The financing of the incentive Fund is also in line with fair criteria, since “those municipalities producing more mixed waste will have to pay more” Montalti points out. Indeed, the Fund (article 3) will be partly financed with a percentage between 5 to 15% of the overall cost of mixed waste management paid by the municipalities (such cost is explained in the town economic-financial plans and is covered by the bills paid by users); partly (article 7) with a percentage of the above-mentioned Ecotax collected by the Region. It is not specified in the law and it will be decided on a yearly basis by the town council. Since the approved text does not specify the overall maximum amount of financing of the Fund, during a debate occurred in the Assembly, the town council has been entrusted by law to guarantee with its resources the minimum amount of €10 million a year.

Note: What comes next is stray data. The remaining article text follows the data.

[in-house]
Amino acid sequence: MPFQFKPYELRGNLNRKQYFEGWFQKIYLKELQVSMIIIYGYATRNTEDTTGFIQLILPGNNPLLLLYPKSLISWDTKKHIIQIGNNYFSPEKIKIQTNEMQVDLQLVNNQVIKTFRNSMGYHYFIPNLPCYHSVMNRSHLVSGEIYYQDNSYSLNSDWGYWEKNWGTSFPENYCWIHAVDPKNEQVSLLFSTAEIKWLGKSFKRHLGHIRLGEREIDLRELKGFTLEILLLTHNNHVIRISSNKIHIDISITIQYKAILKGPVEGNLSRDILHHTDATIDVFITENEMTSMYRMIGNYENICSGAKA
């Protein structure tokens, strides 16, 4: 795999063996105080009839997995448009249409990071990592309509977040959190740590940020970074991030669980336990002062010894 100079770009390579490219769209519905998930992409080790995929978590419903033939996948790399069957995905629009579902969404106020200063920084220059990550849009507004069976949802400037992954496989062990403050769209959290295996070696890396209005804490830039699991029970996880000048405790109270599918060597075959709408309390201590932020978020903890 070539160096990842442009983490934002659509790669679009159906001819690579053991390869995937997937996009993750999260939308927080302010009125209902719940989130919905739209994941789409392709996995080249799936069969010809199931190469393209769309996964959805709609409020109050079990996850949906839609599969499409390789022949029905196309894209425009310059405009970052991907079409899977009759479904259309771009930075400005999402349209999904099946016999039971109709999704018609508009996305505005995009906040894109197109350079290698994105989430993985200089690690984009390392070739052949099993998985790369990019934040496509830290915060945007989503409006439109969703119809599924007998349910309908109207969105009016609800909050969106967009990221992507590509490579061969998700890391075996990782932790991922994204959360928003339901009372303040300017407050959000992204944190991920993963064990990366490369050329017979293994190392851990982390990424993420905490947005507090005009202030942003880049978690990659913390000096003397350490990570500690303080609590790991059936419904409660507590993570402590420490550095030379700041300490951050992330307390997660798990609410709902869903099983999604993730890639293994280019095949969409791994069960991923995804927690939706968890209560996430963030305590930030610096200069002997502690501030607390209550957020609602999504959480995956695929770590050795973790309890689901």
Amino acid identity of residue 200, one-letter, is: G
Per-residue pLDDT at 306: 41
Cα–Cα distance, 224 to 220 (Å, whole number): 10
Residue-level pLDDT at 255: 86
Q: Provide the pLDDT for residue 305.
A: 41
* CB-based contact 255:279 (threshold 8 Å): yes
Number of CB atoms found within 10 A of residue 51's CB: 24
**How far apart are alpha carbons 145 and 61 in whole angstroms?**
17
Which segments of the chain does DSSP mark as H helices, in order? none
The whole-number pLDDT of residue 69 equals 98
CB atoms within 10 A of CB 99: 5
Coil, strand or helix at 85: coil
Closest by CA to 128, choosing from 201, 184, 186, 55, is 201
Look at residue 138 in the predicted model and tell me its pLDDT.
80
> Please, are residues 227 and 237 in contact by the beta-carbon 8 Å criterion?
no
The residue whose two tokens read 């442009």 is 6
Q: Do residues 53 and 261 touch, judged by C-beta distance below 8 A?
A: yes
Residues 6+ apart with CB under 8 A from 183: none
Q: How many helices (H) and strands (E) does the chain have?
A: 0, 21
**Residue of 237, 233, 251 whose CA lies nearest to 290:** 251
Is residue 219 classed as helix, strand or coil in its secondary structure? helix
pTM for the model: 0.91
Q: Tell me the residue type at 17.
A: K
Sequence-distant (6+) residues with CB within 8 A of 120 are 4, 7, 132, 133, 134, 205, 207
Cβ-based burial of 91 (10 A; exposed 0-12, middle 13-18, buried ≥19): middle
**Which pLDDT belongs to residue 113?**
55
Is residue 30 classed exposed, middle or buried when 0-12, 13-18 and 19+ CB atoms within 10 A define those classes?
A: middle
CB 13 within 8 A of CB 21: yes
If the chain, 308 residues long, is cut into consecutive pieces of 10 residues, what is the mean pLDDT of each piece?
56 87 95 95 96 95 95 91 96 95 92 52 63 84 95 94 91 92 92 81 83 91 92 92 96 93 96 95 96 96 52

With regard to the fractions of separate waste collection, Law 16 has no restrictions: “Considering local experiences, the law encompasses both door to door and equivalent systems in terms of results, in order to avoid interfering inappropriately with the autonomy of municipalities” as explained by Montalti. Fines issued by the government on separate waste collection’s yields as of 31st December 2020 will be calculated on the basis of ISPRA (Institute for Environmental Protection and Research).

An interesting aspect of the law is the less stringent attitude towards those people allocated a particular environmental service. Indeed, according to article 6 “the manager of the collection service does not have to coincide with that overseeing waste management plants,” thus eliminating the temptation by single managers to choose collection modalities according to the use of their incineration plants and landfills, rather than matter recovery.